Each Fishtank Math lesson is designed to be adapted by teachers. There are no scripts, but plenty of supports to draw on. The lesson objective and standards are accompanied by criteria for success, which are smaller learning goals students need to understand to achieve the lesson objective. We also include tips for teachers that offer guidance on potential misconceptions, connections to other lessons, units, or grade levels, and the materials to prepare for a lesson.
Equipped with this information and their unit-level preparation, teachers can then look at the core elements of each lesson — a series of Anchor Problems, a Target Task, and a Problem Set for practice — and decide what structures and style will work best for them to present the material to their students.
Another element of teacher autonomy comes with the Anchor Problems, which are the core problem-solving tasks designed to help students make sense of the mathematics of the lesson. Each problem is accompanied by a set of guiding questions. These questions can be used to scaffold the problem, more deeply engage students in the content of the problem, or extend the problem for the students who are ready for a challenge. We don’t think every question will be needed by every student, and teachers are truly in the best position to know which questions will be needed for whole-class instruction, or small group or individual guidance.
At each of these decision points, the Kiddom platform lets teachers capture their adaptations and modifications in their personal copy of the curriculum, and in the way they use the planner and timeline to arrange work for their students. Rather than parsing through dense lesson scripts, we think teacher time is better spent adapting a straightforward lesson outline that emphasizes content-rich problems for students to engage with and the support to help them do so.
Actionable Progress Monitoring
Curriculum should provide teachers with the tools to collect the data needed to inform their decision making.
In Fishtank Math, this starts with pre-unit assessments, which help gather information about students’ prior knowledge or preparedness to access new ideas in the upcoming unit.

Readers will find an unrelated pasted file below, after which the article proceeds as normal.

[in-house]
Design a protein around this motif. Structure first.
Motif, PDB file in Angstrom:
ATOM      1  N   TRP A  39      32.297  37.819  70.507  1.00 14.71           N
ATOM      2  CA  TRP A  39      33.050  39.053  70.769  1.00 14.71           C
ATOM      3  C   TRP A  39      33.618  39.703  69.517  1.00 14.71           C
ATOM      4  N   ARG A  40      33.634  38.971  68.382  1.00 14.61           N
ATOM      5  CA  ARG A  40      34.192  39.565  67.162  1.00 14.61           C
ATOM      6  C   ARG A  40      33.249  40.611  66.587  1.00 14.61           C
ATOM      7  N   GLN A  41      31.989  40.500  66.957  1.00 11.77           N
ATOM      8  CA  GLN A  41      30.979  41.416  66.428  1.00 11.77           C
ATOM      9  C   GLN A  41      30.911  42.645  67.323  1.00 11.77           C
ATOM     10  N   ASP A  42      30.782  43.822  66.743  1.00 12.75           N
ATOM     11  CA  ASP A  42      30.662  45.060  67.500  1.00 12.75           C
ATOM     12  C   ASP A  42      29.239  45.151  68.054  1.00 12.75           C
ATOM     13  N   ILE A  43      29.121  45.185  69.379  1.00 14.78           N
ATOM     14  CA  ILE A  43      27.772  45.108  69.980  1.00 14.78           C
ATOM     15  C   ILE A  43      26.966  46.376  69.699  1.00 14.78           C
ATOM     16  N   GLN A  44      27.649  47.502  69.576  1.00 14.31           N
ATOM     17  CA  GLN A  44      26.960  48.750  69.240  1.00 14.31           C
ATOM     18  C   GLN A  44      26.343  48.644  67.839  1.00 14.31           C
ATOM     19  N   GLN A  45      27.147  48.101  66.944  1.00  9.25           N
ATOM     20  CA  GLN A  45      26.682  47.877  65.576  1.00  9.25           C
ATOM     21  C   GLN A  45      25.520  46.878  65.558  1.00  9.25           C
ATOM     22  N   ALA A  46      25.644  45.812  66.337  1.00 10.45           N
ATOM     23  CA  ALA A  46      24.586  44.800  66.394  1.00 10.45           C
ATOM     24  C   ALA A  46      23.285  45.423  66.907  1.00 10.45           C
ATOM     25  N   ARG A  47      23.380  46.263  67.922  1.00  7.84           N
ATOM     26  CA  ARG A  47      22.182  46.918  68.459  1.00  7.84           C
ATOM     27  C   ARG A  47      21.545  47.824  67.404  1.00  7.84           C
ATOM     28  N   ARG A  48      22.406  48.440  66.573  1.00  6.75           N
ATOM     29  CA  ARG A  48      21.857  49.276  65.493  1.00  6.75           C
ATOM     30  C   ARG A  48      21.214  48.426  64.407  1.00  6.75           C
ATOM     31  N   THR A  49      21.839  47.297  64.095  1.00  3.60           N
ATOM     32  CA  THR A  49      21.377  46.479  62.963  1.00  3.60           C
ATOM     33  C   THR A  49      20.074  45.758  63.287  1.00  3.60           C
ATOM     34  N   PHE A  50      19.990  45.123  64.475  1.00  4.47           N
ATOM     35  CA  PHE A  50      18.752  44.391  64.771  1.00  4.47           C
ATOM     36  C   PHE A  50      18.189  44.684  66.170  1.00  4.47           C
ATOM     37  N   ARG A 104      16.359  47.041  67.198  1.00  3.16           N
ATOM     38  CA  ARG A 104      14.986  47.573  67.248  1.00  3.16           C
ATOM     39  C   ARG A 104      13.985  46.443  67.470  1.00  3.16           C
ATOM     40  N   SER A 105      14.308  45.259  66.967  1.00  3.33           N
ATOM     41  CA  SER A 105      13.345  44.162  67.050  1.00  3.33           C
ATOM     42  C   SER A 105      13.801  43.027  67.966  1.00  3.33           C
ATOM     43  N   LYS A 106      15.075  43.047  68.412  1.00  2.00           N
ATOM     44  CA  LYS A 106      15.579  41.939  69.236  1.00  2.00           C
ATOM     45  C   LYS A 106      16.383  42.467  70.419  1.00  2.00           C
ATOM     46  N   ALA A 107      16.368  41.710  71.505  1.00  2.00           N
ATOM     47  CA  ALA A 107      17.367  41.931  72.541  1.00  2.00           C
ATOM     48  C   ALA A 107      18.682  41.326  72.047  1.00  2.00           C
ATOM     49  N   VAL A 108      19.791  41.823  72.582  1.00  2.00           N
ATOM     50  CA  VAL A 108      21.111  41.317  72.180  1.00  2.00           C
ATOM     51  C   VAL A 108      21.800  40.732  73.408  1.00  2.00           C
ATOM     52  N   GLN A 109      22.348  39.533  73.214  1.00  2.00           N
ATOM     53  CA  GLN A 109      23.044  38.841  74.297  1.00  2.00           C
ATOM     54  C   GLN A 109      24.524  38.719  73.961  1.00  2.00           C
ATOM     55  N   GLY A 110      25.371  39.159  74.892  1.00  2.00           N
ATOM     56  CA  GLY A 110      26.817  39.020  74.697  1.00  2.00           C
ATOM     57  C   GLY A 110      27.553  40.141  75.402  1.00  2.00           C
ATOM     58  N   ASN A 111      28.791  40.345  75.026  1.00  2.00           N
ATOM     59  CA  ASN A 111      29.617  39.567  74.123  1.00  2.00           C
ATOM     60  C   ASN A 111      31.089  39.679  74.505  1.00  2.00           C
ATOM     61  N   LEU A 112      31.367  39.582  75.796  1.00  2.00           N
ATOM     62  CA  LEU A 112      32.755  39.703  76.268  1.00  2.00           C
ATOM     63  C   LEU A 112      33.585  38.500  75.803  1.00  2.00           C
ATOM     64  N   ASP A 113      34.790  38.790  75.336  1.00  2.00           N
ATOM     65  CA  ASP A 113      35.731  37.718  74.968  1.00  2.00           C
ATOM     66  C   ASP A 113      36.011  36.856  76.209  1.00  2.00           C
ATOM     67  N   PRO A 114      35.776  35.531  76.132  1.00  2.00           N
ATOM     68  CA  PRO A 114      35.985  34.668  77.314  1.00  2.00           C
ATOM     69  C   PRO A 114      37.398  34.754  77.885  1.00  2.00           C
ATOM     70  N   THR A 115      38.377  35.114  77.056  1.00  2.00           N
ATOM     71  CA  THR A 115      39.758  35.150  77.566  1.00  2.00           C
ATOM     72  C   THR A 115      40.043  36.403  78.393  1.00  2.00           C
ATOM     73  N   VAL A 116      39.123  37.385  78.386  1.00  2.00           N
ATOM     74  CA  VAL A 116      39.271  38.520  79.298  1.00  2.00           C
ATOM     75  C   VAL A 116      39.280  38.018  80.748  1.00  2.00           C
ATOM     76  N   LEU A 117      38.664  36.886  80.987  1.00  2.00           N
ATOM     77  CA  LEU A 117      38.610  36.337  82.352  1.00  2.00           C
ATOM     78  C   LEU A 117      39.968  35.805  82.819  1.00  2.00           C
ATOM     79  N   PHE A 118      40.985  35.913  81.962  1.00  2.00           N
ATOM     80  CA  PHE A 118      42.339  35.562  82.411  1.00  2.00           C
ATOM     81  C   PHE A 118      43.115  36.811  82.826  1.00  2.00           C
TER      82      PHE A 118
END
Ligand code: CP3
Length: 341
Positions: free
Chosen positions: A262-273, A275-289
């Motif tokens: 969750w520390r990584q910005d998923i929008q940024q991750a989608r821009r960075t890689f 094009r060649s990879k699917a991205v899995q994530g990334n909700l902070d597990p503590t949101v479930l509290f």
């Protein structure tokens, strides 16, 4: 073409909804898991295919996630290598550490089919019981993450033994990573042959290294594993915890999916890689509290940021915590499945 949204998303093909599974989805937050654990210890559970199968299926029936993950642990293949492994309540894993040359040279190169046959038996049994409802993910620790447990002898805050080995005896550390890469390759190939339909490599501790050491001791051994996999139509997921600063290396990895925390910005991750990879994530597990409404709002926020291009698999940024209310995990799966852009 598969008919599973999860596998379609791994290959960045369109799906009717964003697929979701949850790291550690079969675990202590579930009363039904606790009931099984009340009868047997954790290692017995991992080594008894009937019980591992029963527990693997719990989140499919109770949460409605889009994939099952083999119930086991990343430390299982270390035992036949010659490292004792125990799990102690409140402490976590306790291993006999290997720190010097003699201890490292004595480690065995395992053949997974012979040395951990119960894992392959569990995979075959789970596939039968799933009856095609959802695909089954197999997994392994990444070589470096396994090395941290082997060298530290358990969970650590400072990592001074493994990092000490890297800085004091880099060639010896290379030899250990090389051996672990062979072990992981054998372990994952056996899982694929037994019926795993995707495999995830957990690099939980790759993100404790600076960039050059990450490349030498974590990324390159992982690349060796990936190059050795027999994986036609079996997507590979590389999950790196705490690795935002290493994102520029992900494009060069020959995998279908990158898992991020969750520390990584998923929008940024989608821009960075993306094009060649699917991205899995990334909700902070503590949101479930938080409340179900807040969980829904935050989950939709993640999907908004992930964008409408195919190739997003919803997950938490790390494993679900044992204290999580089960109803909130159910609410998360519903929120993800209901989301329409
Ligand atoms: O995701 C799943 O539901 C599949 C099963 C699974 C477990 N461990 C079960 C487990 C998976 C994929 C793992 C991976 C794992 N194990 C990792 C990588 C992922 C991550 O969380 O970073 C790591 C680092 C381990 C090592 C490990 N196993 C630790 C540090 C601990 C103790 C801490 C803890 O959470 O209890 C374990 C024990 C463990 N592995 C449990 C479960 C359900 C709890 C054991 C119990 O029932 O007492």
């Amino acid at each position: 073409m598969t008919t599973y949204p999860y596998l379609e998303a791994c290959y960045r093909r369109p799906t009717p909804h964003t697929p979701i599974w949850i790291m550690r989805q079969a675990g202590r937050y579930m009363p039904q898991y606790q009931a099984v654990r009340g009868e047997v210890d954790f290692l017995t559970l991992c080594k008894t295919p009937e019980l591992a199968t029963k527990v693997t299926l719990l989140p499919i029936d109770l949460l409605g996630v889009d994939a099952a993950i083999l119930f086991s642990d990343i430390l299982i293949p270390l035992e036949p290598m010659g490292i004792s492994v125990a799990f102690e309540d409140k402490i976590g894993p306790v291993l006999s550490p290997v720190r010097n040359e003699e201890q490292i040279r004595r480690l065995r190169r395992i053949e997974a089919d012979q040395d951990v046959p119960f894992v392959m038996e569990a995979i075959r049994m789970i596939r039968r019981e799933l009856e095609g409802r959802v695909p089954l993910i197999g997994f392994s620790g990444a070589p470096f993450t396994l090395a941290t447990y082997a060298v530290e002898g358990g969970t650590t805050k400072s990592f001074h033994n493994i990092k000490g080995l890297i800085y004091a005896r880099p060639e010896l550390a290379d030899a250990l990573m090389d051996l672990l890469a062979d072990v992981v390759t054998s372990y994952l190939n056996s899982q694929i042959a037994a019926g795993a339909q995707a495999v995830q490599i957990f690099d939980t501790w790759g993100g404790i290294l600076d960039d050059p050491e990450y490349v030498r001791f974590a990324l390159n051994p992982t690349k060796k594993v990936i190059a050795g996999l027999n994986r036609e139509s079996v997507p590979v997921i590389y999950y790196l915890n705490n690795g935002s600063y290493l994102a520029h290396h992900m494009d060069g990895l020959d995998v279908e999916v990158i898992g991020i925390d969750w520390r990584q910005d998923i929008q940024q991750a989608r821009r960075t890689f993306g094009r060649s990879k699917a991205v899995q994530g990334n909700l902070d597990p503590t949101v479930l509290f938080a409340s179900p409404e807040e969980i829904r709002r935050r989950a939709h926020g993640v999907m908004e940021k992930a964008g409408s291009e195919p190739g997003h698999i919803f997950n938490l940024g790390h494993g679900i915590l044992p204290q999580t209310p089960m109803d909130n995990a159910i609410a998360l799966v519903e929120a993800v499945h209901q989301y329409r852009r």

Each problem in the pre-unit assessment helps a teacher gauge whether students would be better served by adding in a warm-up activity or more significant review before diving into a new topic.
The pre-unit assessment teacher guide describes to teachers how each problem connects to content in the upcoming unit and suggests specific action steps depending on student performance, as well as specific resources teachers can draw on for additional practice problems.
The rest of the Fishtank Math assessment package includes mid-unit and post-unit assessments, as well as a student self-assessment tool.
This last resource allows students to monitor their own progress and reflect on what they’ve learned in a unit. In addition to helping build students’ metacognitive skills, teachers can gain interesting insights into possible discrepancies between how students think they do with certain topics versus how they actually perform on the post-unit assessment. This analysis can help teachers strategize how to approach related topics in upcoming units.
Teachers shouldn’t have to wait until the mid-point or end of a unit to gather data, though. The Target Task of each lesson is designed to act as an indicator of student understanding or mastery of the objective. This gives teachers a daily opportunity to assess how students are progressing through a unit, and adjust their plans for the coming lessons to support certain students who might be struggling or address whole-class misconceptions.
These data points, drawn from high-quality problems and explicitly connected to standards, become even more powerful in combination with Kiddom’s rich reporting functionality. With a few clicks, teachers can see classwide trends, understand which students need more practices with certain skills, and personalize instruction moving forward.
Interested in seeing Fishtank Learning's digital math curriculum in the Kiddom platform?
Teachers deserve to be treated like the driven, curious, passionate professionals that they are. The curriculum they use should value and leverage their unique expertise around their subject matter and their students. The right resources can provide a supportive foundation and a clear path toward student success, while offering teachers the autonomy to prepare and make critical in-the-moment decisions about how to serve their students best.
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Thinking about bringing Kiddom + Fishtank to your school or district?